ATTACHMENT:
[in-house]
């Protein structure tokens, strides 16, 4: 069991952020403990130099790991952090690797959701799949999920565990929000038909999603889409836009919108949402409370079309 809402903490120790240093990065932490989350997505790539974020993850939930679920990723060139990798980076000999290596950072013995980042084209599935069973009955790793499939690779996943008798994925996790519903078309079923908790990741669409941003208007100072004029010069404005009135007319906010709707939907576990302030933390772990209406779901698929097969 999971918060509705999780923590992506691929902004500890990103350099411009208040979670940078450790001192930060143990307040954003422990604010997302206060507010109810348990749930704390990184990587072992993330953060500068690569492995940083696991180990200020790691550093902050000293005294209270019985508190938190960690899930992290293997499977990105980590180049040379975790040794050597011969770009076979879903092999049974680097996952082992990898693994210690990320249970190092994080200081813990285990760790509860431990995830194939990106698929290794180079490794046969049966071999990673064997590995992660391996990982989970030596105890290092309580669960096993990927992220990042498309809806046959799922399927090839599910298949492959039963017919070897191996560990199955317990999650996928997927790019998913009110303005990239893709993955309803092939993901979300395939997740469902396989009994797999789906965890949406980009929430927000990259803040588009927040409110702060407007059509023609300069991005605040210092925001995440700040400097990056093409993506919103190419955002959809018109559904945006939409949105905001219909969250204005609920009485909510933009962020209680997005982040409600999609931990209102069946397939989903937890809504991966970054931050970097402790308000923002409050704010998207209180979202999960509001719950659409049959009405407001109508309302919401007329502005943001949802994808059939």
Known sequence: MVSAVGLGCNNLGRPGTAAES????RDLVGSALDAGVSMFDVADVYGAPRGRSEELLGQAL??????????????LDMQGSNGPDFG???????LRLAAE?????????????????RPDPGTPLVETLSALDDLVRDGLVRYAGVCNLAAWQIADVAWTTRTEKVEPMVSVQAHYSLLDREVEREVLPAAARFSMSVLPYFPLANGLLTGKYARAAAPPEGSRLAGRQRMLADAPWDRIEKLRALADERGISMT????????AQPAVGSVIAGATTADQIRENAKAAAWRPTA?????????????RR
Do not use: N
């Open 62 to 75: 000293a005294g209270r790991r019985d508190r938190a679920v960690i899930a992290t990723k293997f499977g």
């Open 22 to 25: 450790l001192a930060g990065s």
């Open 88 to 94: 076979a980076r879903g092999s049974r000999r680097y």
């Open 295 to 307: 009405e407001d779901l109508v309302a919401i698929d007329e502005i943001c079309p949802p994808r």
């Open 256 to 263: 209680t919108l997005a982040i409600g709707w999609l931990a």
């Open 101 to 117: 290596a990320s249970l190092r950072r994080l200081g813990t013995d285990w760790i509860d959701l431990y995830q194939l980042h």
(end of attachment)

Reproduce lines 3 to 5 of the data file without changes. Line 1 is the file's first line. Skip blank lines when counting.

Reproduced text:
Known sequence: MVSAVGLGCNNLGRPGTAAES????RDLVGSALDAGVSMFDVADVYGAPRGRSEELLGQAL??????????????LDMQGSNGPDFG???????LRLAAE?????????????????RPDPGTPLVETLSALDDLVRDGLVRYAGVCNLAAWQIADVAWTTRTEKVEPMVSVQAHYSLLDREVEREVLPAAARFSMSVLPYFPLANGLLTGKYARAAAPPEGSRLAGRQRMLADAPWDRIEKLRALADERGISMT????????AQPAVGSVIAGATTADQIRENAKAAAWRPTA?????????????RR
Do not use: N
């Open 62 to 75: 000293a005294g209270r790991r019985d508190r938190a679920v960690i899930a992290t990723k293997f499977g």